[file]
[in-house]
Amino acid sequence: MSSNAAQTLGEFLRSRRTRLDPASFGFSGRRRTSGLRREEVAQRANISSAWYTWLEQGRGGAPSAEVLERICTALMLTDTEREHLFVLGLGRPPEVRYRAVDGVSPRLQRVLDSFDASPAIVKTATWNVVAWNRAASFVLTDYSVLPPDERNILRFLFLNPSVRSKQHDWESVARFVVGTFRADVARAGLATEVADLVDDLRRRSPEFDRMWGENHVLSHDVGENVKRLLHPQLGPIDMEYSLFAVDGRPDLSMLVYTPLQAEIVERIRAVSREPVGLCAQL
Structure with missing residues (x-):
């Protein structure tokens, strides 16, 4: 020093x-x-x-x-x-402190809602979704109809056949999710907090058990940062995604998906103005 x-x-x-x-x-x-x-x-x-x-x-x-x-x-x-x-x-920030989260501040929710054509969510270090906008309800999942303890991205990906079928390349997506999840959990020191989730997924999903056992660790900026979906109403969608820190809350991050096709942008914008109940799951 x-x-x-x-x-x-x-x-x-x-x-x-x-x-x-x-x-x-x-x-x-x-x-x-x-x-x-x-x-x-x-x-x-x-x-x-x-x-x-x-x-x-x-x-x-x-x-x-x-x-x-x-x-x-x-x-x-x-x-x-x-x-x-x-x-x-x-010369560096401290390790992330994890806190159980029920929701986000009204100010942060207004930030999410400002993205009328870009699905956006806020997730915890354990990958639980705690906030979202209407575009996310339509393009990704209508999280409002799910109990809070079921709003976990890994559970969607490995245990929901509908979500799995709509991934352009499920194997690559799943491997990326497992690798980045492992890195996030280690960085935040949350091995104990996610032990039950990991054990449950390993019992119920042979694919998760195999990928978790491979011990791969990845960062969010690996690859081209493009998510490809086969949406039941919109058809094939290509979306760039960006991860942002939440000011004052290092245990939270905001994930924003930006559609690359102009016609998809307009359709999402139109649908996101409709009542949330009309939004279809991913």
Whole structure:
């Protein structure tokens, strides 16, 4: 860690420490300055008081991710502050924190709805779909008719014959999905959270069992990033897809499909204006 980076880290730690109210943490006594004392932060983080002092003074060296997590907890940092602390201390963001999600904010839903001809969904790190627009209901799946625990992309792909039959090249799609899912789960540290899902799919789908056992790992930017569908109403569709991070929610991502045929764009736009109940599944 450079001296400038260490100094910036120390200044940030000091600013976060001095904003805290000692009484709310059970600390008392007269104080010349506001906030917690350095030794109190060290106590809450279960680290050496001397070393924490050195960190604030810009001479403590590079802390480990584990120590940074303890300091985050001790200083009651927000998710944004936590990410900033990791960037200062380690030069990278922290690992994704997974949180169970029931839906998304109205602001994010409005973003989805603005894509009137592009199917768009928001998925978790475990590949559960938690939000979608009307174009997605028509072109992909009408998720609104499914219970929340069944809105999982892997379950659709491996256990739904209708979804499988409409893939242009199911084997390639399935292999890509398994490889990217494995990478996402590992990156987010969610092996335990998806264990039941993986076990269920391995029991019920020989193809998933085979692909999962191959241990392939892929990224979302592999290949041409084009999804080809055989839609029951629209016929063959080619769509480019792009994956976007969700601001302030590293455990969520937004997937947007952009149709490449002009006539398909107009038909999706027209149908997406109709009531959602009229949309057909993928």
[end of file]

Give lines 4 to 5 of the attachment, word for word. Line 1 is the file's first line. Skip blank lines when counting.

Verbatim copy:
């Protein structure tokens, strides 16, 4: 020093x-x-x-x-x-402190809602979704109809056949999710907090058990940062995604998906103005 x-x-x-x-x-x-x-x-x-x-x-x-x-x-x-x-x-920030989260501040929710054509969510270090906008309800999942303890991205990906079928390349997506999840959990020191989730997924999903056992660790900026979906109403969608820190809350991050096709942008914008109940799951 x-x-x-x-x-x-x-x-x-x-x-x-x-x-x-x-x-x-x-x-x-x-x-x-x-x-x-x-x-x-x-x-x-x-x-x-x-x-x-x-x-x-x-x-x-x-x-x-x-x-x-x-x-x-x-x-x-x-x-x-x-x-x-x-x-x-x-010369560096401290390790992330994890806190159980029920929701986000009204100010942060207004930030999410400002993205009328870009699905956006806020997730915890354990990958639980705690906030979202209407575009996310339509393009990704209508999280409002799910109990809070079921709003976990890994559970969607490995245990929901509908979500799995709509991934352009499920194997690559799943491997990326497992690798980045492992890195996030280690960085935040949350091995104990996610032990039950990991054990449950390993019992119920042979694919998760195999990928978790491979011990791969990845960062969010690996690859081209493009998510490809086969949406039941919109058809094939290509979306760039960006991860942002939440000011004052290092245990939270905001994930924003930006559609690359102009016609998809307009359709999402139109649908996101409709009542949330009309939004279809991913």
Whole structure: